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American Music Club

American Music Club should have self-destructed long ago. Formed in 1982, the band released its first album in 1985 and has since seen more than its share of personality conflicts and personnel changes, to say nothing of the very public and much-publicized alcohol-induced tantrums of frontman and songwriter Mark Eitzel.

And yet more than a quarter-century later, the California quartet is celebrating its ninth full-length album and touring extensively — with a lineup that's barely a year old. The new record, The Golden Age, finds the core duo of Eitzel and multi-instrumentalist Vudi joined by bassist Sean Hoffman and drummer Steve Didelot for a remarkably straightforward collection of songs that continues in the direction Eitzel began to go in with 2004's Love Songs for Patriots.

"It's an attempt to write something that's a little closer to my own personality and who I am," Eitzel points out. "I decided a while ago not to be around negative people and not to be negative." Considering that he's long been known for his melancholy and self-pitying lyrics, leaving negativity behind is a major shift. "I'm trying to tell stories as opposed to just opening my chest and exposing my shriveled little dick of a heart," he continues in his inimitable way.

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American Music Club

With Bela Karoli and Hello Kavita, 8 p.m. Friday, May 9, Larimer Lounge, 2721 Larimer Street, $11-$13, 303-292-3666.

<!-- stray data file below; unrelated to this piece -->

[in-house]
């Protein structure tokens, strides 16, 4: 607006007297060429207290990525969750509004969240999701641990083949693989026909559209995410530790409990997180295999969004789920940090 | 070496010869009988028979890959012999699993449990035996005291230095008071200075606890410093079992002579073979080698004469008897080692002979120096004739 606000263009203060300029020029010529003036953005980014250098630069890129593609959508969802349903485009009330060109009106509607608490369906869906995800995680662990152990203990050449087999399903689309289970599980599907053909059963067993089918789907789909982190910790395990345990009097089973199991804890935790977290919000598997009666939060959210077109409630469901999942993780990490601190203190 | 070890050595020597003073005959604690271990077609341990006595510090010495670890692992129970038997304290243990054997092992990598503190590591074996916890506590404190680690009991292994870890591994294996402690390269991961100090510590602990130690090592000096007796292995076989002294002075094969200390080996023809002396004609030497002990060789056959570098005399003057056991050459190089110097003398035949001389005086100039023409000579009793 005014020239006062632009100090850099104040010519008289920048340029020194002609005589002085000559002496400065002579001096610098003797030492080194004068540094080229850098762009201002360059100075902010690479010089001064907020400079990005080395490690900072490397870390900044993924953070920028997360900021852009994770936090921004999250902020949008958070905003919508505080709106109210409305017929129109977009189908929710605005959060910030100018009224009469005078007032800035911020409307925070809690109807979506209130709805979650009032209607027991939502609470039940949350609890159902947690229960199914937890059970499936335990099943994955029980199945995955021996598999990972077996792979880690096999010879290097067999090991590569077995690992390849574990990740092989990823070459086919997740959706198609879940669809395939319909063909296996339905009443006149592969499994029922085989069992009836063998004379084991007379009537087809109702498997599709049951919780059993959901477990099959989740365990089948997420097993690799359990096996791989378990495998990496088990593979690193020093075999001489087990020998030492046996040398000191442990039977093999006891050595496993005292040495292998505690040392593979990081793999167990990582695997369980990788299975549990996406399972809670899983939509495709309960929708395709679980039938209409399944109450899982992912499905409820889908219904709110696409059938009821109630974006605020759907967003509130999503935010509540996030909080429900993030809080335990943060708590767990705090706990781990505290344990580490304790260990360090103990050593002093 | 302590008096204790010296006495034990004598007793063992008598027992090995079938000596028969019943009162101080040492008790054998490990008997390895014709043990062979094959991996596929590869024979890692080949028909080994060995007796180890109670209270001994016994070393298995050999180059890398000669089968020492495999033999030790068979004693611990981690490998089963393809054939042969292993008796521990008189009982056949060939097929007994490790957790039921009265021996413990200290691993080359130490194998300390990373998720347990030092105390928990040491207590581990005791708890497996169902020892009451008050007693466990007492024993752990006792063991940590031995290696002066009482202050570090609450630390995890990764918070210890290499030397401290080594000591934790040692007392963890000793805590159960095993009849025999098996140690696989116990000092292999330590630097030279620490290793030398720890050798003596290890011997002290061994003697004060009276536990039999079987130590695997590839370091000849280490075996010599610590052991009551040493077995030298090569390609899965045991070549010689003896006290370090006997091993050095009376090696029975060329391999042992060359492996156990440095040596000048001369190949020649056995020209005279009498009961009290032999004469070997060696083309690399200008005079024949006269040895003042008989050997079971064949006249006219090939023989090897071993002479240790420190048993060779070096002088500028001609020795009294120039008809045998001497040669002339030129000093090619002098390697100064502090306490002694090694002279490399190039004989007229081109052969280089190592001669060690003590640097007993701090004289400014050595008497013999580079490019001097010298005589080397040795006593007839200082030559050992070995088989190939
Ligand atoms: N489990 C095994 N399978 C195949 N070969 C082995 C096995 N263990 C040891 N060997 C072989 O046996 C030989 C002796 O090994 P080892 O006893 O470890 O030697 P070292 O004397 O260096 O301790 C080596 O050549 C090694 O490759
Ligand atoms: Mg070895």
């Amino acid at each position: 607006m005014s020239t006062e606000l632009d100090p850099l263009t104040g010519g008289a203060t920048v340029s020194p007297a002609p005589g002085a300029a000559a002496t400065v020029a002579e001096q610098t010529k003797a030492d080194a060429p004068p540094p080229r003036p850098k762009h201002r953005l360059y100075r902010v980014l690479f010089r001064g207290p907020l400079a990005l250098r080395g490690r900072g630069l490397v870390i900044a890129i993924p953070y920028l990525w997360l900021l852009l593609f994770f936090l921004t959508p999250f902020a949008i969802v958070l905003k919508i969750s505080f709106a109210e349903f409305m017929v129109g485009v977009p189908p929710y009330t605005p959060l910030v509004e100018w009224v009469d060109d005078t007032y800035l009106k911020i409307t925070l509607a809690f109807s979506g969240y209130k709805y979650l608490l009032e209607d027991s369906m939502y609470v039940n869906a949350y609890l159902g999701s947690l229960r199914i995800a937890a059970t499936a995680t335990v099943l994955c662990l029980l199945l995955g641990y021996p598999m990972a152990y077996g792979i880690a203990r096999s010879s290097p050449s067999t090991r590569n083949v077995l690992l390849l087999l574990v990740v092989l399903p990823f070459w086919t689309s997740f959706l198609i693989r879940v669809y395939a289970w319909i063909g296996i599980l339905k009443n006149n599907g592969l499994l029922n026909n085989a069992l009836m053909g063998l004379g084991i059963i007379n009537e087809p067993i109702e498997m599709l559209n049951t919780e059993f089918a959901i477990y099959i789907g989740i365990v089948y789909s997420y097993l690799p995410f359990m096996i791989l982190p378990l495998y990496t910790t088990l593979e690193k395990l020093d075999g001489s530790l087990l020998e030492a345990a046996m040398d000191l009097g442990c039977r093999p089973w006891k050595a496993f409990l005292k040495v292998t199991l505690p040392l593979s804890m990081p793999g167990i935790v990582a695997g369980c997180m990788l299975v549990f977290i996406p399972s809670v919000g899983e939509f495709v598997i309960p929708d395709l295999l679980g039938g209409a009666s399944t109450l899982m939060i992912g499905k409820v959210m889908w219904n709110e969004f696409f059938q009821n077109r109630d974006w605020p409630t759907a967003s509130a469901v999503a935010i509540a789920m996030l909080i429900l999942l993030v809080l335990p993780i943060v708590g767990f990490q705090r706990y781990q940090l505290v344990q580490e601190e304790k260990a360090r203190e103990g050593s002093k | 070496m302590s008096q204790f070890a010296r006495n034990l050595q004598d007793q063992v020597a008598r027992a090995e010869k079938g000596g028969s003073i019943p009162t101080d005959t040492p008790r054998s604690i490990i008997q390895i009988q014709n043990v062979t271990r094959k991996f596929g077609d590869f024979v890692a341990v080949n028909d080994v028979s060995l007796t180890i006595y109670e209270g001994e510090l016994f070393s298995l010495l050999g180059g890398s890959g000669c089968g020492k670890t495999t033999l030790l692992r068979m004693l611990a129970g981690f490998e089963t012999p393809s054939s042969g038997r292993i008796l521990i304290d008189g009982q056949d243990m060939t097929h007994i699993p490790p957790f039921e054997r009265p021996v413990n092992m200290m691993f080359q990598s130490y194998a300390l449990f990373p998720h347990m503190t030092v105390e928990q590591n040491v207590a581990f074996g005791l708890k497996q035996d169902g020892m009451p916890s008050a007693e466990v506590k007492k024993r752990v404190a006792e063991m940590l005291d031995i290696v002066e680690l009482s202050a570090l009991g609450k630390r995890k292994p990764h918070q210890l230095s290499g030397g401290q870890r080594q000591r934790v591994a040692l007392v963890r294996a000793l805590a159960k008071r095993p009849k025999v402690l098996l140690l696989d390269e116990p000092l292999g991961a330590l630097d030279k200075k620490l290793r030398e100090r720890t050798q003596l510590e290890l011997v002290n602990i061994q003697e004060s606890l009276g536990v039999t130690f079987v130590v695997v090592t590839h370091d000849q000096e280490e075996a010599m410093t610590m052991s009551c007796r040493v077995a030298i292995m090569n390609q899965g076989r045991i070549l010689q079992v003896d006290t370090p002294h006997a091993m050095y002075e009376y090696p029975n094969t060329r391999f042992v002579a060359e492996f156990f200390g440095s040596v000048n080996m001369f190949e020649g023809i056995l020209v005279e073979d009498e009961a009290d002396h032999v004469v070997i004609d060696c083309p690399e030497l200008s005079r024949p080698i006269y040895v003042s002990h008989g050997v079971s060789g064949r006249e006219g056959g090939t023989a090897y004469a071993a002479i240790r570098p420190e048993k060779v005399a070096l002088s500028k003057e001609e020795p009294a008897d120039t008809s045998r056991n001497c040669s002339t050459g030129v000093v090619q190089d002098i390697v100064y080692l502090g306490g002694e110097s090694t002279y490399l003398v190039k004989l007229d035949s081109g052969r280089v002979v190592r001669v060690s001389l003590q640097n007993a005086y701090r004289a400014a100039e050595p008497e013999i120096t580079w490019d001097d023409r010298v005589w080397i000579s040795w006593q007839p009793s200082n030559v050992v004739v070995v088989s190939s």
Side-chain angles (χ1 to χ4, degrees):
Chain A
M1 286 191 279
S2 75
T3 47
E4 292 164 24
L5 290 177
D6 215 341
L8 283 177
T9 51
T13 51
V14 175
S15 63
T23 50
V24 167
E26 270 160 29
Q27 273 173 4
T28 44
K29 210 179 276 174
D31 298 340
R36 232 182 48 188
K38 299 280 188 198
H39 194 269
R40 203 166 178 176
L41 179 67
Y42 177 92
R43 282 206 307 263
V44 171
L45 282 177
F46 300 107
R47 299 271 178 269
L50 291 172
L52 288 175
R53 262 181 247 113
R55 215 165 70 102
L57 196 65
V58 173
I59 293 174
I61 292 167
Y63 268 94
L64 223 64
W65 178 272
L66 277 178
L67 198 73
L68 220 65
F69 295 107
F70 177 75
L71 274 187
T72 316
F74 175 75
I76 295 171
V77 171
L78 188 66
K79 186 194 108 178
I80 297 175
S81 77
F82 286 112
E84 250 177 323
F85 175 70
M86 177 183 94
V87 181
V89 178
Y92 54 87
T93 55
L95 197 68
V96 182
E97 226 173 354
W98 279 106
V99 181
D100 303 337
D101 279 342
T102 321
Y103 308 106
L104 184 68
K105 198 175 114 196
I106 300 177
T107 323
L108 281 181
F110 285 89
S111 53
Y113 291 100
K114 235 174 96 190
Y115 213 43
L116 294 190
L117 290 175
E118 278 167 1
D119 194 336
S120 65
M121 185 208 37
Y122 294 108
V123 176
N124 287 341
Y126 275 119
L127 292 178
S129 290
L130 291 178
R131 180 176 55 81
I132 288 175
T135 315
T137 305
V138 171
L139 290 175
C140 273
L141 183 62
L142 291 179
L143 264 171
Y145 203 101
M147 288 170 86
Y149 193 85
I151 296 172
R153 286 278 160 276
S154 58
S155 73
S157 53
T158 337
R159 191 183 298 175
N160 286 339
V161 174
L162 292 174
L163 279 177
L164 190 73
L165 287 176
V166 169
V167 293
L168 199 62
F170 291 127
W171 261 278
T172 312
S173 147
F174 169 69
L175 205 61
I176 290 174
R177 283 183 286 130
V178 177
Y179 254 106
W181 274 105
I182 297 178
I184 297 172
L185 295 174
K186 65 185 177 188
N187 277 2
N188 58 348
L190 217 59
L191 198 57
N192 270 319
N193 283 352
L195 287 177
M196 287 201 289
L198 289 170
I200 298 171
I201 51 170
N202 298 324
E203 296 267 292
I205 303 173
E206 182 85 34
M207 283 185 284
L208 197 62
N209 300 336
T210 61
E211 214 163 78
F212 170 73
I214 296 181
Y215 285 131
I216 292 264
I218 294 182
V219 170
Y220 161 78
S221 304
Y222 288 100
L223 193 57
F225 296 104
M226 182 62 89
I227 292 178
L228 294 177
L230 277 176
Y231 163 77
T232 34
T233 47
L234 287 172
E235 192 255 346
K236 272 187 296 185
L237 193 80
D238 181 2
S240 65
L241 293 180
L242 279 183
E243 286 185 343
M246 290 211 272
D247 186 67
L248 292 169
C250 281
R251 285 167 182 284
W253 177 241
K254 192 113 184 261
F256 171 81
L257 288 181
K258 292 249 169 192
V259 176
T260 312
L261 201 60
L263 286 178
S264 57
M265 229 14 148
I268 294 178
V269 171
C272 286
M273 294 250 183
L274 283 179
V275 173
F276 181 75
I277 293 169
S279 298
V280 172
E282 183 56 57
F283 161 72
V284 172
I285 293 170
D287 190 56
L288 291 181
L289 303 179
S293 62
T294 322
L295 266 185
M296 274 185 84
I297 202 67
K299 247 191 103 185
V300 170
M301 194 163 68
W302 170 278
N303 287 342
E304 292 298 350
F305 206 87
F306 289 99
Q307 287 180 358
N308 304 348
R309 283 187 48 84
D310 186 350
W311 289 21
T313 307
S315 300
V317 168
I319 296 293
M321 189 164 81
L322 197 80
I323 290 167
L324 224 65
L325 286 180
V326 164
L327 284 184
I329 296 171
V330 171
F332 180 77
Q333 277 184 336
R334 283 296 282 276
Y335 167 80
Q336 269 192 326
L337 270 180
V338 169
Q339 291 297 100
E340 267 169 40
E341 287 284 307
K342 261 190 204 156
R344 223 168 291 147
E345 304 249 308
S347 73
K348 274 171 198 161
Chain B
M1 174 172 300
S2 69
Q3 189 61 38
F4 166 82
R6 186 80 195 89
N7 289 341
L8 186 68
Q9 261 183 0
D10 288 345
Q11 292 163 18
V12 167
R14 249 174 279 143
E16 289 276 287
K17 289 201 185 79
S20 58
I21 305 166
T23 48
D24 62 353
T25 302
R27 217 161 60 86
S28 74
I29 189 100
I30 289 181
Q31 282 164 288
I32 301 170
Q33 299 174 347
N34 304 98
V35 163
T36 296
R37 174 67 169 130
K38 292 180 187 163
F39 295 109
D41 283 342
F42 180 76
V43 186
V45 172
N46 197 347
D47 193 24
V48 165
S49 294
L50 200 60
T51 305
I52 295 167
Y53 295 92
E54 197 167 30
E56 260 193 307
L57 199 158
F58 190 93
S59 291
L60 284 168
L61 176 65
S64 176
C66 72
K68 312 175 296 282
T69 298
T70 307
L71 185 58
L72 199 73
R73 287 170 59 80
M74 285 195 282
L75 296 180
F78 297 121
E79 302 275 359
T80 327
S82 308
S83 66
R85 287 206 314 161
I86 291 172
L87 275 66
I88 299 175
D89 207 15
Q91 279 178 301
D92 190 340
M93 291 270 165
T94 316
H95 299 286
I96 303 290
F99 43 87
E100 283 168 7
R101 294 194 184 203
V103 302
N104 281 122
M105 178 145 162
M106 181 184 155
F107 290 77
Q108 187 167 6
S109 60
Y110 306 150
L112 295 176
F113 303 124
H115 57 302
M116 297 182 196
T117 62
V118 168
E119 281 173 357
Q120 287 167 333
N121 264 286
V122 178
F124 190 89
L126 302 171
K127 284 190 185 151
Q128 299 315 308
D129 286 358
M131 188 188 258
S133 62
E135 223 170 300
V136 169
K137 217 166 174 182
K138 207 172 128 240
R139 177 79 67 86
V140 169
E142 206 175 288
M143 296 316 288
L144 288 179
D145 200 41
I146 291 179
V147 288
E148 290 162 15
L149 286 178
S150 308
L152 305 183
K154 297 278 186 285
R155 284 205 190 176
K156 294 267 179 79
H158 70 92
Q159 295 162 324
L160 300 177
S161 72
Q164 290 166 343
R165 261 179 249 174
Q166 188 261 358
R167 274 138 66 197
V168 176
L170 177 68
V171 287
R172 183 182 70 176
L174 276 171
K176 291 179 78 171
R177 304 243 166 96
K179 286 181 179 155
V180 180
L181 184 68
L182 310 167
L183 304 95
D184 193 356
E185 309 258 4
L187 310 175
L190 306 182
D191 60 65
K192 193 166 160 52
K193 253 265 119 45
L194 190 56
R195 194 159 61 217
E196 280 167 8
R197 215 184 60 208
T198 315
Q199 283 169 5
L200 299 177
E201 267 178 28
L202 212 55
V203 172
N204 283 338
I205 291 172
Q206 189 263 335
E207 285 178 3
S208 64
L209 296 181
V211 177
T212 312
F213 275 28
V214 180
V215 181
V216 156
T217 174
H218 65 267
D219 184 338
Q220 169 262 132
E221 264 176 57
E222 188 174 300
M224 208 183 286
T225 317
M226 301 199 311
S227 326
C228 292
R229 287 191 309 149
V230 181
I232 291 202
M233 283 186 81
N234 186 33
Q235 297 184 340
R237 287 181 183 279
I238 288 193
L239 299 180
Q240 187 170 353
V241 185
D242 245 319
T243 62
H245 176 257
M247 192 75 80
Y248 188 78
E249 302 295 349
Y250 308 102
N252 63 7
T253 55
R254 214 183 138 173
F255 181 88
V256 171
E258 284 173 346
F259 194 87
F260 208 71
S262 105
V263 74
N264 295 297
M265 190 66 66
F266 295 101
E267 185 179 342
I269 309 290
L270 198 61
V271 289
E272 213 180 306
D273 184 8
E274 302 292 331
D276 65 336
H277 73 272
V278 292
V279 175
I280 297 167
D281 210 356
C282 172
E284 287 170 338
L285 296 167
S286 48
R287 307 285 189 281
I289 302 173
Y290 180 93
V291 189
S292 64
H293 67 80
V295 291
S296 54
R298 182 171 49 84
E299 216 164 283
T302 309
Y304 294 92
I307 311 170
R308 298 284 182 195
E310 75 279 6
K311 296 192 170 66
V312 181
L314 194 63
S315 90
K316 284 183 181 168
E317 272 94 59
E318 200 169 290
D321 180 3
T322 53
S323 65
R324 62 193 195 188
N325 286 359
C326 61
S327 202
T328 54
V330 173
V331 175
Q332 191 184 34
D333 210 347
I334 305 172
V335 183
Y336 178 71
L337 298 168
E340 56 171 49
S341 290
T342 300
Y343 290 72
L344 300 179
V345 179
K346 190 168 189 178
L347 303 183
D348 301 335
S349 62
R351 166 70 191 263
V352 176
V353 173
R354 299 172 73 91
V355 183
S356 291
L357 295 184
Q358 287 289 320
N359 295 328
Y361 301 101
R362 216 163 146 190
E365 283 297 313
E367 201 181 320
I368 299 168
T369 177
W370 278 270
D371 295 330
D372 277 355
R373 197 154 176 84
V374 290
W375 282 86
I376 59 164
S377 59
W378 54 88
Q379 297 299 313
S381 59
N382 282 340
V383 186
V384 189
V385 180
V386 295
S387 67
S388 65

Though Eitzel's songwriting has evolved, he's also grudgingly aware that longtime fans still want to hear American Music Club's classic songs of heartache and pain. "We dig kind of deep," he says. "We definitely do the songs that the old-time fans usually want to hear. At this point, AMC is an oldies revue; I have to gird my loins. There are all these very round Michelin-style men with AMC T-shirts from twenty years ago — it's so disheartening. I have them shine the light in my eyes so I can't see."

Joking aside, Eitzel is eager to hit the road with Vudi, his longtime friend and collaborator, who works as a bus driver in L.A. and stayed behind when the band last toured. "Vudi had to quit his job for this tour," he explains. "He had the Glendale-to-Compton route, and it was his favorite route. He complains that he won't get it back. But Vudi's got to be center stage. It's so good to play with him and just hang out with him."

For his part, Eitzel may be noticably more positive and optimistic about things, but he also realizes that the ride is bound to end at some point — and when it does, he already has a plan for his next career.

"I want to work on a suicide hotline," he says with characteristic black humor. "You can make a lot of money that way. And I'm good at answering phones."

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